Barbados became a British colony around 1625. During that period the British planters first planted tobacco, which drove the economy for a while, but ran into trouble when a high quality Virginia tobacco created a glut in Europe resulting in a steep drop in price. The Barbados planters quickly switched to planting sugar and in short order the sugar revolution occurred in Barbados and led to Barbados being the birthplace of rum.
The by-product of sugar is molasses and is fermented into alcohol and distilled into rum. Mount Gay Rum has been in commercial production since 1703. Many other distilleries have entered the market since then, including St Nicholas Abbey Distillery; Foursquare Rum Factory and the West Indian Rum Distillery.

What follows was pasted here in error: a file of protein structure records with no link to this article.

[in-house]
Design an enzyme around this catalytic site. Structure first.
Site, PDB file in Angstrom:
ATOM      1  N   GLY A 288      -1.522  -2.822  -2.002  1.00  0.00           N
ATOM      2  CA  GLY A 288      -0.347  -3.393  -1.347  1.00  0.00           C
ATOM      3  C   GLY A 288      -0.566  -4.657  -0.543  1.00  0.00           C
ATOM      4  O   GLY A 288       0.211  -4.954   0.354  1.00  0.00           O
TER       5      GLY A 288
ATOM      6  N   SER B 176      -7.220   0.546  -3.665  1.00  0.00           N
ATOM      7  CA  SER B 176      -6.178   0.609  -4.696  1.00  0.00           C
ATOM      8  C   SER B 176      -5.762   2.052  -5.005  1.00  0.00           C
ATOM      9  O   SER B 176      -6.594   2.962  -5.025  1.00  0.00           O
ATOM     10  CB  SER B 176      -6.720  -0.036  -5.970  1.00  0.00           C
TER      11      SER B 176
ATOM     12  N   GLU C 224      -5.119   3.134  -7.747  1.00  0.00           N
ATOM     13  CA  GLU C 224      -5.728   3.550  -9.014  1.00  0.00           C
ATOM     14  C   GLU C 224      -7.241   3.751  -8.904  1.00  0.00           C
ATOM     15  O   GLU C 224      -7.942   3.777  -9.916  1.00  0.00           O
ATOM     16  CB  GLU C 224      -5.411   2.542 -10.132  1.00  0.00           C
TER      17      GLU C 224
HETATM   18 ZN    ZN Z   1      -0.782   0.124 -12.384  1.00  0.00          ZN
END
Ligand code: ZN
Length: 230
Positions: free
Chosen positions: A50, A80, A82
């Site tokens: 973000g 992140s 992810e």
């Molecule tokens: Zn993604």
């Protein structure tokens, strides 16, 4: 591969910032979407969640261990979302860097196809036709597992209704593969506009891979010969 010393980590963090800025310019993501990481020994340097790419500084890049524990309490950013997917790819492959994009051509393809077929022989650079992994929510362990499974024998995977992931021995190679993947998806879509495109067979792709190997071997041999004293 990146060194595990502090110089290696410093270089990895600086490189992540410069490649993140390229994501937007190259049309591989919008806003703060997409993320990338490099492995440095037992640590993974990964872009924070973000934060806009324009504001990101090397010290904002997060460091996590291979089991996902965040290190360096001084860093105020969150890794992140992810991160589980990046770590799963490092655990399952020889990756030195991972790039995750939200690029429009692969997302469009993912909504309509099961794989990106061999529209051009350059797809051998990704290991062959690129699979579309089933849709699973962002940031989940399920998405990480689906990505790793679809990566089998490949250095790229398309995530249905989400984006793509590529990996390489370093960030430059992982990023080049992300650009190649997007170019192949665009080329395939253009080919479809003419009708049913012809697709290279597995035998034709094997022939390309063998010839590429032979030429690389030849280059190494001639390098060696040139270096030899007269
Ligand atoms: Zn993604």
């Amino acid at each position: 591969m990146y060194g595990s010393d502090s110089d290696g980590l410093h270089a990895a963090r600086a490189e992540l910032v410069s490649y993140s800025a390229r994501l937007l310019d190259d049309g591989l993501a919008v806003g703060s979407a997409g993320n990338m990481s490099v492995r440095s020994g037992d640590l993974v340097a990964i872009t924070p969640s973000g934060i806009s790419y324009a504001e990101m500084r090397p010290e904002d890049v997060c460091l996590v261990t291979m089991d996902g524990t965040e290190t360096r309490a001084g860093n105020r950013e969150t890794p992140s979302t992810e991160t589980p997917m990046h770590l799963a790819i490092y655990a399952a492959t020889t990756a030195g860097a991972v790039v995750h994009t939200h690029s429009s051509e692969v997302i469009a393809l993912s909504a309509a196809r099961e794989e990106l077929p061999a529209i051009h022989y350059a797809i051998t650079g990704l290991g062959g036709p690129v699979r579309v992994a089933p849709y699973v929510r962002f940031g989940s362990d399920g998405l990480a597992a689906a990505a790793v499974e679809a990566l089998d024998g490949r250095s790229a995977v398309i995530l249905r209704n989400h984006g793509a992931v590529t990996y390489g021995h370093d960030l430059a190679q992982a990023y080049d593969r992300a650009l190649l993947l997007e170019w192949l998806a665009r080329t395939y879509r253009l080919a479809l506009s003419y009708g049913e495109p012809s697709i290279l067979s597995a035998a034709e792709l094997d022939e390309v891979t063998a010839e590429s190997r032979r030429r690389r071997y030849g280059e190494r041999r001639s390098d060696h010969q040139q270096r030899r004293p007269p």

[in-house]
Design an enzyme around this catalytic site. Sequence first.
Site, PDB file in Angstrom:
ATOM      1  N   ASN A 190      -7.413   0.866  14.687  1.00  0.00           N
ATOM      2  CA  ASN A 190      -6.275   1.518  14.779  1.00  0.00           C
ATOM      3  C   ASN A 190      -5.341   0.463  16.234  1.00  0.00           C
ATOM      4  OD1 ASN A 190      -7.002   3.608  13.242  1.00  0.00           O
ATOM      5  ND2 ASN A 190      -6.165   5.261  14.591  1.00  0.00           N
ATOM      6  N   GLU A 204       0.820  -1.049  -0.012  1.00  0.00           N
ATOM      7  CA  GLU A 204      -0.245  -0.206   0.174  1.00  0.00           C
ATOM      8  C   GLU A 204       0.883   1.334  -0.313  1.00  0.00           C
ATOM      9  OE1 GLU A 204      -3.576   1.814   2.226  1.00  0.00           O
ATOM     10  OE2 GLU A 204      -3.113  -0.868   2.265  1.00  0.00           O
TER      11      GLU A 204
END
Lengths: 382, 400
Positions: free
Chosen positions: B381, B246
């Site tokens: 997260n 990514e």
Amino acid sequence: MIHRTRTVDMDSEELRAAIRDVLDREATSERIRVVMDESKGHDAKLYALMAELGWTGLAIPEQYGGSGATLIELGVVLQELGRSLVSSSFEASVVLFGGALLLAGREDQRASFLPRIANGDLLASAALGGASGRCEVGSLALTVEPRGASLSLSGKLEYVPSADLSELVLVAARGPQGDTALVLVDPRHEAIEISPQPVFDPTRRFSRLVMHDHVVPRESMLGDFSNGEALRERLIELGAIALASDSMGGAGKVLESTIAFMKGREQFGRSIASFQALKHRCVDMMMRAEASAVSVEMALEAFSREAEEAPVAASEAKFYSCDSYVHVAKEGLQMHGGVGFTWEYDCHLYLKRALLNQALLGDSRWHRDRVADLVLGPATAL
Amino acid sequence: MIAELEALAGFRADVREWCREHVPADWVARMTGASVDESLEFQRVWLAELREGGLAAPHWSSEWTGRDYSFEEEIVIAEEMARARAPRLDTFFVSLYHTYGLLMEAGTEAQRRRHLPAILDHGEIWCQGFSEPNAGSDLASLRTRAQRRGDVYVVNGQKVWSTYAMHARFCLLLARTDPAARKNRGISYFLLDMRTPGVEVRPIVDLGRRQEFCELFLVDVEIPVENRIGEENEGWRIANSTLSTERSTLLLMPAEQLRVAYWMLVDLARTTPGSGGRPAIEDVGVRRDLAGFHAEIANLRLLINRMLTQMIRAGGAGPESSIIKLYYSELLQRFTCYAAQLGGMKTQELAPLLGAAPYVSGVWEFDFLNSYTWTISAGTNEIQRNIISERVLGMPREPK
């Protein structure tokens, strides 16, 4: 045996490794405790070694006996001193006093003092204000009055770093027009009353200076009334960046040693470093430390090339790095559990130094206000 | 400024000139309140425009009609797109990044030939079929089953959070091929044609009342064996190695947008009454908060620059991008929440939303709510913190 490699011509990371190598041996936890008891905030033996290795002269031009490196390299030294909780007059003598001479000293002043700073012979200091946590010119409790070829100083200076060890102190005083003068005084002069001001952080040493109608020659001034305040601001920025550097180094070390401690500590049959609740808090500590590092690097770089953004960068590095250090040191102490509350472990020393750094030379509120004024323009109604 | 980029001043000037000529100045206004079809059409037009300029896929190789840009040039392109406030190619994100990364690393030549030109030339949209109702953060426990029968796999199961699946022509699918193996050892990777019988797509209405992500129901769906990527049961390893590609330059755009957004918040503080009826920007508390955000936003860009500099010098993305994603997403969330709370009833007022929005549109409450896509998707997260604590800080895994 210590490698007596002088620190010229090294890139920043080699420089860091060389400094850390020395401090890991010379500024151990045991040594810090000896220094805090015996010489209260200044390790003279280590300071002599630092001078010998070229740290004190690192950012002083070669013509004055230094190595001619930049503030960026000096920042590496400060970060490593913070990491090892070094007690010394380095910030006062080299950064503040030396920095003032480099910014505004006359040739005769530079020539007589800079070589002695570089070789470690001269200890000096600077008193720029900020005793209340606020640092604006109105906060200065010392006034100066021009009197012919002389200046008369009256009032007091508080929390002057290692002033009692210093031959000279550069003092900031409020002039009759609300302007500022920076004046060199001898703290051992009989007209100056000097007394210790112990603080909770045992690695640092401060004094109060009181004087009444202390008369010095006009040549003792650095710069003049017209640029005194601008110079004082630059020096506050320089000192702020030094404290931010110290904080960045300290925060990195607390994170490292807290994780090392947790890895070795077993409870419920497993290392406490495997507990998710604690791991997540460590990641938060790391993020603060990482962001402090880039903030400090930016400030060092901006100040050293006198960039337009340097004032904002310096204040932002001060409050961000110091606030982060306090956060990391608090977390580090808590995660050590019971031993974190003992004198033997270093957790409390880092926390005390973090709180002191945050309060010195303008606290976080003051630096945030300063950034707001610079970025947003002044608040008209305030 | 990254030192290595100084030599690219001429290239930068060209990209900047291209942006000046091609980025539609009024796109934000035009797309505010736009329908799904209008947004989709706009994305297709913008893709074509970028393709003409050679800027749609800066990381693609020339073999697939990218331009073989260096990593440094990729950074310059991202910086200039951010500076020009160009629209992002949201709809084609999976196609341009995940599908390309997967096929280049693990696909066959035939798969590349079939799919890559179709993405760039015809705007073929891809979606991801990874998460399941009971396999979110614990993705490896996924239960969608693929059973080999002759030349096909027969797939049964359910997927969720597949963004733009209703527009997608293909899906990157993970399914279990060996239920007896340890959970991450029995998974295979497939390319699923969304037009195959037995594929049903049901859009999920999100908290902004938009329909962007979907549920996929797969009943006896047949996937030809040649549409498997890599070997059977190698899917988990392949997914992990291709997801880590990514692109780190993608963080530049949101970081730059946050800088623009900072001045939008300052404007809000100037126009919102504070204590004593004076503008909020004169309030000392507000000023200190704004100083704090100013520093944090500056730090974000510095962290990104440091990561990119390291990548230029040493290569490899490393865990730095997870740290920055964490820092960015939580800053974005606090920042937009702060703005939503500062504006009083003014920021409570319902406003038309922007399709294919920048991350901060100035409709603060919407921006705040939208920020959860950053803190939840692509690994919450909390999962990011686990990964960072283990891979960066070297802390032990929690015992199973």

These distilleries produce several different brands: Mount Gay Rum Extra Old; St Nicholas Abbey Rum; Foursquare Spiced Rum, Doorly’s Rum, Cockspur Rum and Malibu.
Rum cocktails are a staple in Barbados and are enjoyed by locals and visitors alike. Barbados is also renowned for its abundance of rum shops across the island and they are as pervasive as churches on the island. It is said that for every church there is a rum shop in Barbados.
Barbados is host to the annual Food and Rum Festival, which will be held from October 19 to 22, 2018.